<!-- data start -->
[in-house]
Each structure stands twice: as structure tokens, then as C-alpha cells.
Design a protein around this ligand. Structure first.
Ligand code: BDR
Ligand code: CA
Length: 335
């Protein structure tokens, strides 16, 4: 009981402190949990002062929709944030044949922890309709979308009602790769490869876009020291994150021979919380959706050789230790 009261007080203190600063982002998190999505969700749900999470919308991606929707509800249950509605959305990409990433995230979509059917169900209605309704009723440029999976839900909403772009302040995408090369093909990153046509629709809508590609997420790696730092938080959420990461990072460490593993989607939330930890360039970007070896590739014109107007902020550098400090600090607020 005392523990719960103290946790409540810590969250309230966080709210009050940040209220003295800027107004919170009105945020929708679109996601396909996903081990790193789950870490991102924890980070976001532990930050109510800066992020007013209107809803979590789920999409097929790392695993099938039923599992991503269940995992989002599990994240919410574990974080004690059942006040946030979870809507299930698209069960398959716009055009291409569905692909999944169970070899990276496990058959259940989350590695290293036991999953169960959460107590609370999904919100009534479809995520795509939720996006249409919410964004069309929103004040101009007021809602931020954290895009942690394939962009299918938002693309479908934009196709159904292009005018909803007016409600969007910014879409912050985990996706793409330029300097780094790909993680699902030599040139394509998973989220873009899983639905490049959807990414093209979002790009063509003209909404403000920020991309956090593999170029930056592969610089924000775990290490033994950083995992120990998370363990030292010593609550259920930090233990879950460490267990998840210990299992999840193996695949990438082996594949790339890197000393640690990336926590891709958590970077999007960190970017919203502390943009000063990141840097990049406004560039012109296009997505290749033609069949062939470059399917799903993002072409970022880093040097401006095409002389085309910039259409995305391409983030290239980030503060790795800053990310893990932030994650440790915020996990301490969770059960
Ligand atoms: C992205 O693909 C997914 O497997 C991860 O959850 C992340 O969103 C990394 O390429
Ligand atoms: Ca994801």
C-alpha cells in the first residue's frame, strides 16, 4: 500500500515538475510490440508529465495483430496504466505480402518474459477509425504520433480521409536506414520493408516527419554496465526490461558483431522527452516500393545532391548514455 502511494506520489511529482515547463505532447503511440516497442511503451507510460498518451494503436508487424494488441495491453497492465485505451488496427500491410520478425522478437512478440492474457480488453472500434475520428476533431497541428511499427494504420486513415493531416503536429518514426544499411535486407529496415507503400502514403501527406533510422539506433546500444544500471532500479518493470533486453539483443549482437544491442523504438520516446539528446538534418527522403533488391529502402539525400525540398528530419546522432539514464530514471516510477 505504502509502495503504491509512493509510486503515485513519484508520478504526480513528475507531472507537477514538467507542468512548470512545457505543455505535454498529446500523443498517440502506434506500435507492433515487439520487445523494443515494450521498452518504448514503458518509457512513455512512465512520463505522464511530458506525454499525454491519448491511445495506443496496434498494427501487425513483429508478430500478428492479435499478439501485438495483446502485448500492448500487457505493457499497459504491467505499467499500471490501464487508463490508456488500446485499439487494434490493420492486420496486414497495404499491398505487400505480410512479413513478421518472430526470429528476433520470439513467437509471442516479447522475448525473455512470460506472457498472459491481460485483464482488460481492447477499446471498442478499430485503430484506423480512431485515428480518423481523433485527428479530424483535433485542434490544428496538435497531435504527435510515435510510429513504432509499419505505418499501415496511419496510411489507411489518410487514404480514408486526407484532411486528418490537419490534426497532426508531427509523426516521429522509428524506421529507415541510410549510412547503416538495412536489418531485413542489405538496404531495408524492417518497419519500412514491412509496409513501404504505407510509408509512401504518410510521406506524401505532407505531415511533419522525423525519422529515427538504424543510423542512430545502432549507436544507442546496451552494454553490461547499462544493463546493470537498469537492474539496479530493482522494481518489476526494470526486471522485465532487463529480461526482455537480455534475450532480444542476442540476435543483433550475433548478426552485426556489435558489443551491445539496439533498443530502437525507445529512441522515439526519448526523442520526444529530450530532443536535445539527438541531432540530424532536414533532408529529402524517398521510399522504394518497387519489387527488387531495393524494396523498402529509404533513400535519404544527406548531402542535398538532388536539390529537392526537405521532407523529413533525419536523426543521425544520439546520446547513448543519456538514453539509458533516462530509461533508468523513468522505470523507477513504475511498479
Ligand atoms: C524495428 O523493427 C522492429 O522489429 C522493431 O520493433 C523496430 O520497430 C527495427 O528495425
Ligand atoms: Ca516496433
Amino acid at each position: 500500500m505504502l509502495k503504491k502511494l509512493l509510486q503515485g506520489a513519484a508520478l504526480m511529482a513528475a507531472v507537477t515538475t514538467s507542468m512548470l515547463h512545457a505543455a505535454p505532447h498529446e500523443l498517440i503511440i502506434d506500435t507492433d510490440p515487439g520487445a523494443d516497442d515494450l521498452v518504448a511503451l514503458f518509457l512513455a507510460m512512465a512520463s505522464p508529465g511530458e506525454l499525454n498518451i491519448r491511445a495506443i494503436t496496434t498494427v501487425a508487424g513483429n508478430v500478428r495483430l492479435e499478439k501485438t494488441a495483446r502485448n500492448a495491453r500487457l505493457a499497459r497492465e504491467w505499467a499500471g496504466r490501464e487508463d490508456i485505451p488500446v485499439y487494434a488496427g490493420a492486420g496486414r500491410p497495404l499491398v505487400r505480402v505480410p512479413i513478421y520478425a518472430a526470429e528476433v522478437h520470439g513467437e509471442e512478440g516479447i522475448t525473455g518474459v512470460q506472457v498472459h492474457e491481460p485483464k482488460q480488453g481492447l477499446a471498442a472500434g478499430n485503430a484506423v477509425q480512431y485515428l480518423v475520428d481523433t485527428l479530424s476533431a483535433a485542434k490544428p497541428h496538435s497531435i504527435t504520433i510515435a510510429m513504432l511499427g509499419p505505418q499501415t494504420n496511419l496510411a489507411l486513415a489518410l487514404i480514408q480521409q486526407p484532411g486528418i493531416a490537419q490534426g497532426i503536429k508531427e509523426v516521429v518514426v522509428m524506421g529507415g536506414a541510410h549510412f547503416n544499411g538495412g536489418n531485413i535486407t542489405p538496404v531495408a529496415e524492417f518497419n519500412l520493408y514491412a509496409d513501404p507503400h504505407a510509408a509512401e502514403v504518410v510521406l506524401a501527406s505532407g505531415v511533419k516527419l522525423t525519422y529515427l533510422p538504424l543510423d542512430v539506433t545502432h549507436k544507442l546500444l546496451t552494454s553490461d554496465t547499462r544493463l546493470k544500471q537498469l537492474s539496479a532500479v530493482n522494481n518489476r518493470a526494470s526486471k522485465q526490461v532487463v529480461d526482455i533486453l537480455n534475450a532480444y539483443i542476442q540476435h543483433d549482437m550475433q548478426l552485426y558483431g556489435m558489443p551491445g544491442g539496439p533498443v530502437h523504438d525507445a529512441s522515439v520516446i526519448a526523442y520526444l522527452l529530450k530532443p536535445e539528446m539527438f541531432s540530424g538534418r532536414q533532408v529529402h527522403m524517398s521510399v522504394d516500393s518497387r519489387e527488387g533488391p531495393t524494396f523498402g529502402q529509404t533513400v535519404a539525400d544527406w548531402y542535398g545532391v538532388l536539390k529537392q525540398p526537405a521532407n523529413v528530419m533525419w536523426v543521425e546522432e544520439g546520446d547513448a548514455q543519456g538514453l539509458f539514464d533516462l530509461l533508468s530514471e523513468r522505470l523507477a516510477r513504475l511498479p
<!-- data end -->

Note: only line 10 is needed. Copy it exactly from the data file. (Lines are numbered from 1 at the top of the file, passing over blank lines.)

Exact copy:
C-alpha cells in the first residue's frame, strides 16, 4: 500500500515538475510490440508529465495483430496504466505480402518474459477509425504520433480521409536506414520493408516527419554496465526490461558483431522527452516500393545532391548514455 502511494506520489511529482515547463505532447503511440516497442511503451507510460498518451494503436508487424494488441495491453497492465485505451488496427500491410520478425522478437512478440492474457480488453472500434475520428476533431497541428511499427494504420486513415493531416503536429518514426544499411535486407529496415507503400502514403501527406533510422539506433546500444544500471532500479518493470533486453539483443549482437544491442523504438520516446539528446538534418527522403533488391529502402539525400525540398528530419546522432539514464530514471516510477 505504502509502495503504491509512493509510486503515485513519484508520478504526480513528475507531472507537477514538467507542468512548470512545457505543455505535454498529446500523443498517440502506434506500435507492433515487439520487445523494443515494450521498452518504448514503458518509457512513455512512465512520463505522464511530458506525454499525454491519448491511445495506443496496434498494427501487425513483429508478430500478428492479435499478439501485438495483446502485448500492448500487457505493457499497459504491467505499467499500471490501464487508463490508456488500446485499439487494434490493420492486420496486414497495404499491398505487400505480410512479413513478421518472430526470429528476433520470439513467437509471442516479447522475448525473455512470460506472457498472459491481460485483464482488460481492447477499446471498442478499430485503430484506423480512431485515428480518423481523433485527428479530424483535433485542434490544428496538435497531435504527435510515435510510429513504432509499419505505418499501415496511419496510411489507411489518410487514404480514408486526407484532411486528418490537419490534426497532426508531427509523426516521429522509428524506421529507415541510410549510412547503416538495412536489418531485413542489405538496404531495408524492417518497419519500412514491412509496409513501404504505407510509408509512401504518410510521406506524401505532407505531415511533419522525423525519422529515427538504424543510423542512430545502432549507436544507442546496451552494454553490461547499462544493463546493470537498469537492474539496479530493482522494481518489476526494470526486471522485465532487463529480461526482455537480455534475450532480444542476442540476435543483433550475433548478426552485426556489435558489443551491445539496439533498443530502437525507445529512441522515439526519448526523442520526444529530450530532443536535445539527438541531432540530424532536414533532408529529402524517398521510399522504394518497387519489387527488387531495393524494396523498402529509404533513400535519404544527406548531402542535398538532388536539390529537392526537405521532407523529413533525419536523426543521425544520439546520446547513448543519456538514453539509458533516462530509461533508468523513468522505470523507477513504475511498479